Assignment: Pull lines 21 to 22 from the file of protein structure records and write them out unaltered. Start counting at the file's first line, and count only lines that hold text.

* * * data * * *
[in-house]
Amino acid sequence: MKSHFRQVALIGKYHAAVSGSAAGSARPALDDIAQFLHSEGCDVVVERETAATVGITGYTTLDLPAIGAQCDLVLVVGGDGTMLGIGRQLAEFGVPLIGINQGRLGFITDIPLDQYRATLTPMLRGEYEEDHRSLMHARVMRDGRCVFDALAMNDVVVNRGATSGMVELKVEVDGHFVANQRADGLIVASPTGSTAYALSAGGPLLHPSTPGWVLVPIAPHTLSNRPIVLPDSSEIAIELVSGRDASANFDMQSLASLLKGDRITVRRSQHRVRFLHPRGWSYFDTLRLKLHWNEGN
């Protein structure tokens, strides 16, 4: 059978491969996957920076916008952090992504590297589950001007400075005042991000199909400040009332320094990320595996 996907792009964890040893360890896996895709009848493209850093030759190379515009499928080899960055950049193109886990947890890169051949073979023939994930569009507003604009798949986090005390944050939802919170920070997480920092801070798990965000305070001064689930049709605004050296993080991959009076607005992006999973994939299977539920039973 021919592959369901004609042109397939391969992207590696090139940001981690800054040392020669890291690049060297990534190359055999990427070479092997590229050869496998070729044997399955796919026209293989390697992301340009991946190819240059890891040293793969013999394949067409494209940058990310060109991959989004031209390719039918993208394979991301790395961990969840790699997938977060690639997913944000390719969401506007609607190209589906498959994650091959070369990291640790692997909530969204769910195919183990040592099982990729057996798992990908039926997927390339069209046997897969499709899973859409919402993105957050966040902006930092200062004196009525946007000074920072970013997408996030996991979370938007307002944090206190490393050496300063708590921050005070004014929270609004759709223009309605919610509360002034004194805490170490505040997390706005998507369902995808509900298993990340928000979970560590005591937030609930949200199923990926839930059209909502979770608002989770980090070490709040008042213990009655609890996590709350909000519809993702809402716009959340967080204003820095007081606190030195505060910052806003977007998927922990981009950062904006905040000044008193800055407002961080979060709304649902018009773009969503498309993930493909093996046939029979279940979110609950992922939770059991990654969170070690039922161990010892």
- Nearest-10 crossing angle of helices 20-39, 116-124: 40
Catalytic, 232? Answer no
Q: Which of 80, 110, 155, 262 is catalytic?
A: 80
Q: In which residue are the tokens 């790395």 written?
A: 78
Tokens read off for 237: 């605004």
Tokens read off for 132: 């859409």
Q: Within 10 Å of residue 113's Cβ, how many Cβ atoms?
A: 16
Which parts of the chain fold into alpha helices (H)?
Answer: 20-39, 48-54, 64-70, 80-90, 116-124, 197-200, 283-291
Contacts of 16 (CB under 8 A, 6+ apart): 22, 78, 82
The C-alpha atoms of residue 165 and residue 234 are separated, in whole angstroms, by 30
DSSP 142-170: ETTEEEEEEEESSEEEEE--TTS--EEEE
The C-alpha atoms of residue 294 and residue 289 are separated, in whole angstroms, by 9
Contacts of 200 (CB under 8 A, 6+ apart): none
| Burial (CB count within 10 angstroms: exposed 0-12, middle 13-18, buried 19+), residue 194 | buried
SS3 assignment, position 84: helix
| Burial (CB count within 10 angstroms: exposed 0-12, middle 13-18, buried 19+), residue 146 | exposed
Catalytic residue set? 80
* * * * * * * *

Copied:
| Burial (CB count within 10 angstroms: exposed 0-12, middle 13-18, buried 19+), residue 194 | buried
SS3 assignment, position 84: helix